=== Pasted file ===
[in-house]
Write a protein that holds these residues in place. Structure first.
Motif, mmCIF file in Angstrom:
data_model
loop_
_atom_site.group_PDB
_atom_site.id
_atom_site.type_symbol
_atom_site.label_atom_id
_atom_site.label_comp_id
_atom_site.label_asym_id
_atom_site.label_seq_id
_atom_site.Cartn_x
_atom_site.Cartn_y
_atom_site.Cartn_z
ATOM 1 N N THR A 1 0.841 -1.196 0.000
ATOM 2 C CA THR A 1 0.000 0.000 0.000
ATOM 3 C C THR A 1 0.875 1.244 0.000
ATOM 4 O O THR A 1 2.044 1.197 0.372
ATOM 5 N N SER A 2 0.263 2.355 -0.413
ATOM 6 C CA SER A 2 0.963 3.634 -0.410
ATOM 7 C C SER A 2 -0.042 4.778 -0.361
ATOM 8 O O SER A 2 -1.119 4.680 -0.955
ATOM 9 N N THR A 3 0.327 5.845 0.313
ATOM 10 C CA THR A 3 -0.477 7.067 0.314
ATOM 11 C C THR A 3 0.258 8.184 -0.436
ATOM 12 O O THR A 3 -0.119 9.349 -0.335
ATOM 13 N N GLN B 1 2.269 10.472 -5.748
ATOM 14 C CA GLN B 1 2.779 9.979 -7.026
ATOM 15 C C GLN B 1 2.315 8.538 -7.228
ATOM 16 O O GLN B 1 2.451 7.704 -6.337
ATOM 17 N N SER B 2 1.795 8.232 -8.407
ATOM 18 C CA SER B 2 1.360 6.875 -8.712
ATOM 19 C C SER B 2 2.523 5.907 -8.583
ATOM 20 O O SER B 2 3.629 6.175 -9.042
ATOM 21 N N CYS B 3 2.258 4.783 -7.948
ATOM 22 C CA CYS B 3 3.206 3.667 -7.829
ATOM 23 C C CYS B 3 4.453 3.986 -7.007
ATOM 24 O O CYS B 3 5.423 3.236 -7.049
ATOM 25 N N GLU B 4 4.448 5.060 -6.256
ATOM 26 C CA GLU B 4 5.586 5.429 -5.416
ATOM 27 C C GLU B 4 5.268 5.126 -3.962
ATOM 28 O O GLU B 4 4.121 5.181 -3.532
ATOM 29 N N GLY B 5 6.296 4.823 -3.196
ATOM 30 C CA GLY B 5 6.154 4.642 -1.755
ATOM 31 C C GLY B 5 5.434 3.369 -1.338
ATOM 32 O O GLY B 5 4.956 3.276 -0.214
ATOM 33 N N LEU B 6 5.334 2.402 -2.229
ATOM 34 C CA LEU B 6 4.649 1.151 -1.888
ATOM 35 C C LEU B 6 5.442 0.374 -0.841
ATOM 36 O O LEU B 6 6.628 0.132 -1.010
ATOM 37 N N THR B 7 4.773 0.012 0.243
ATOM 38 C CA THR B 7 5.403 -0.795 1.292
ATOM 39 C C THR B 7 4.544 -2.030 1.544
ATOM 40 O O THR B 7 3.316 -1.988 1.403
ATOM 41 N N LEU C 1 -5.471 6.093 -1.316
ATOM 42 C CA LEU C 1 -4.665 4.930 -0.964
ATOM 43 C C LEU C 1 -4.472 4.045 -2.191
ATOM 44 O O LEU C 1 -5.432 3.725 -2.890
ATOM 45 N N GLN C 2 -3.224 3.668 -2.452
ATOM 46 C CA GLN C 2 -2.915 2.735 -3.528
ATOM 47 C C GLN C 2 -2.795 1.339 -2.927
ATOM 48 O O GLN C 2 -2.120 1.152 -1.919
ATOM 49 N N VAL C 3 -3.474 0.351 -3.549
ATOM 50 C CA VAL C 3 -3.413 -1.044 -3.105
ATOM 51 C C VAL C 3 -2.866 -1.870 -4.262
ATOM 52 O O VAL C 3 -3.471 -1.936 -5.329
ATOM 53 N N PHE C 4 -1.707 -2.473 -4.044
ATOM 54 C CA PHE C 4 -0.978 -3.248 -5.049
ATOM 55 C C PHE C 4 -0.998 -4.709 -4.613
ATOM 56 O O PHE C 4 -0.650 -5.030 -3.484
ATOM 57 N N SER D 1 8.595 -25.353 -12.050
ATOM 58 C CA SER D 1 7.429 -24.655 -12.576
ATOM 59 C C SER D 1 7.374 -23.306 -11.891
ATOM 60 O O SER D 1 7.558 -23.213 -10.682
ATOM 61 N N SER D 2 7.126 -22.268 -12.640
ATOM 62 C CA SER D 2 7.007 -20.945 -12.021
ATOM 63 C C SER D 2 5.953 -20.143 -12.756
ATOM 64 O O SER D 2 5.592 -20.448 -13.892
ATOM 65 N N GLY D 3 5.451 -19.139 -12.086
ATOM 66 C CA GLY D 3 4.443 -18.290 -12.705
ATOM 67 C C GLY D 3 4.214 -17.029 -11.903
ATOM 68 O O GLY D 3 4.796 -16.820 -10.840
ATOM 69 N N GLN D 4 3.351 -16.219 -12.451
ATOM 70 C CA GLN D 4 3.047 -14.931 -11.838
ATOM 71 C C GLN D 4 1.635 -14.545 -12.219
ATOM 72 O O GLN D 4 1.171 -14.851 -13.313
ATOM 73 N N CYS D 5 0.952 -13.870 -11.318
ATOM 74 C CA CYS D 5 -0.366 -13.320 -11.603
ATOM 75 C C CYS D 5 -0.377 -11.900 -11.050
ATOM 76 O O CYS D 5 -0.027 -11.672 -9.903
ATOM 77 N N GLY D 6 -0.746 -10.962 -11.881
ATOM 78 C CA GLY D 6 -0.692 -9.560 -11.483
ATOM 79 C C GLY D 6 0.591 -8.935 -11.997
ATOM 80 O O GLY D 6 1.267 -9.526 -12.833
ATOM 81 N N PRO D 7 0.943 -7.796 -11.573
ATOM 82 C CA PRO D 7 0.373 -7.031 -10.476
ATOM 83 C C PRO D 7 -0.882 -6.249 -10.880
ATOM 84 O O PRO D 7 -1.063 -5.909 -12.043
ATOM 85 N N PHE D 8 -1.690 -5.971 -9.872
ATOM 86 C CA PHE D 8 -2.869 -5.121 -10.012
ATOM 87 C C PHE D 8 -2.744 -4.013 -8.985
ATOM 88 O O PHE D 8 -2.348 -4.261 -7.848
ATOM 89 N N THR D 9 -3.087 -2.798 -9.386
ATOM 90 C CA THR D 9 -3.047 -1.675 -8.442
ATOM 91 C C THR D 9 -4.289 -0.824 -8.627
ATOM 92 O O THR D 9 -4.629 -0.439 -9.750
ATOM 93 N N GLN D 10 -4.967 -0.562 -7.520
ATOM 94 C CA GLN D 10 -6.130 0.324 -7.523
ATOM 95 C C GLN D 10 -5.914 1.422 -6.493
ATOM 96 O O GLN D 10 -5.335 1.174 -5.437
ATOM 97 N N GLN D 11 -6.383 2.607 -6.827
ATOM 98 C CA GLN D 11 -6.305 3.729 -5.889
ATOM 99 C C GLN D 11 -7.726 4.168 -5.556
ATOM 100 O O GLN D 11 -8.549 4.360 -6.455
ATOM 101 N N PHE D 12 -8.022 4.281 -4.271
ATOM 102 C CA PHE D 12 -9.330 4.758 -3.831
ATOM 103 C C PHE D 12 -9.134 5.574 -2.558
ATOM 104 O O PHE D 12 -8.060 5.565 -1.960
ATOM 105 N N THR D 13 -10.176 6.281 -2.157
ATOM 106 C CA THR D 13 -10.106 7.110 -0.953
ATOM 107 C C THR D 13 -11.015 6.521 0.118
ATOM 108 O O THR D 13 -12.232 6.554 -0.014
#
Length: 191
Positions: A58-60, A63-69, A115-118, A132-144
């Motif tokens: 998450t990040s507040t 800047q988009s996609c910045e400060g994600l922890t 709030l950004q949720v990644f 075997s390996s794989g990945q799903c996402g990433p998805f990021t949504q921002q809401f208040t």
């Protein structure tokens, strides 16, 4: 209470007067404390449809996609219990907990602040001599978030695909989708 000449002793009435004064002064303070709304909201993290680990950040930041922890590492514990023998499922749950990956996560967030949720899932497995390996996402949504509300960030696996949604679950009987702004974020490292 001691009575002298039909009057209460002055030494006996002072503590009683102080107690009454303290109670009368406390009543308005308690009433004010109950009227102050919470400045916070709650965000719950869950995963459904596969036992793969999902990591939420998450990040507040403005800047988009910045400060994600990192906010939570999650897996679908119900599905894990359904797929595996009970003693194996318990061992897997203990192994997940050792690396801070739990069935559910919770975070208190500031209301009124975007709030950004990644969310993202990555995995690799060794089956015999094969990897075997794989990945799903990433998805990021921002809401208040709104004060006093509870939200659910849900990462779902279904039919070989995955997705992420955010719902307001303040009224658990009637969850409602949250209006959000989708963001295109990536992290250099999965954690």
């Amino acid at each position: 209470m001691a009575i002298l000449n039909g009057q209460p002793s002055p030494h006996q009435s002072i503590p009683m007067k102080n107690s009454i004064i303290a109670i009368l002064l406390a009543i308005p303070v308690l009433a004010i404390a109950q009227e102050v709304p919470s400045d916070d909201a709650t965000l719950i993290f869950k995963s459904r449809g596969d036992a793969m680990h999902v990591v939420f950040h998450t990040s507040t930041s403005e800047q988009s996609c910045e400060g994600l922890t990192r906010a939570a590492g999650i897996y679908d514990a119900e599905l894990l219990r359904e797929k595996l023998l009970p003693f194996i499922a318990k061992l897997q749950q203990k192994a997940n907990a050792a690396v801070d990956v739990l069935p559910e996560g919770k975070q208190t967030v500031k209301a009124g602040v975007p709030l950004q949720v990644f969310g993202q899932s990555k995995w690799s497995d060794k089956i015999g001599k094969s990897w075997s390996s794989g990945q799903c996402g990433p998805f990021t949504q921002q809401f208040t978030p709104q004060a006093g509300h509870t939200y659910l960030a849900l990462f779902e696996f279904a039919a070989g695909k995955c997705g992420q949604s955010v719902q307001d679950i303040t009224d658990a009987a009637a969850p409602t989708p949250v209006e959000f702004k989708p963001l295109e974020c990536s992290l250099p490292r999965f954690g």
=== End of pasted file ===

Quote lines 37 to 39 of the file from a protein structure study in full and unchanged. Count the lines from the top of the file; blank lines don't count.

ATOM 22 C CA CYS B 3 3.206 3.667 -7.829
ATOM 23 C C CYS B 3 4.453 3.986 -7.007
ATOM 24 O O CYS B 3 5.423 3.236 -7.049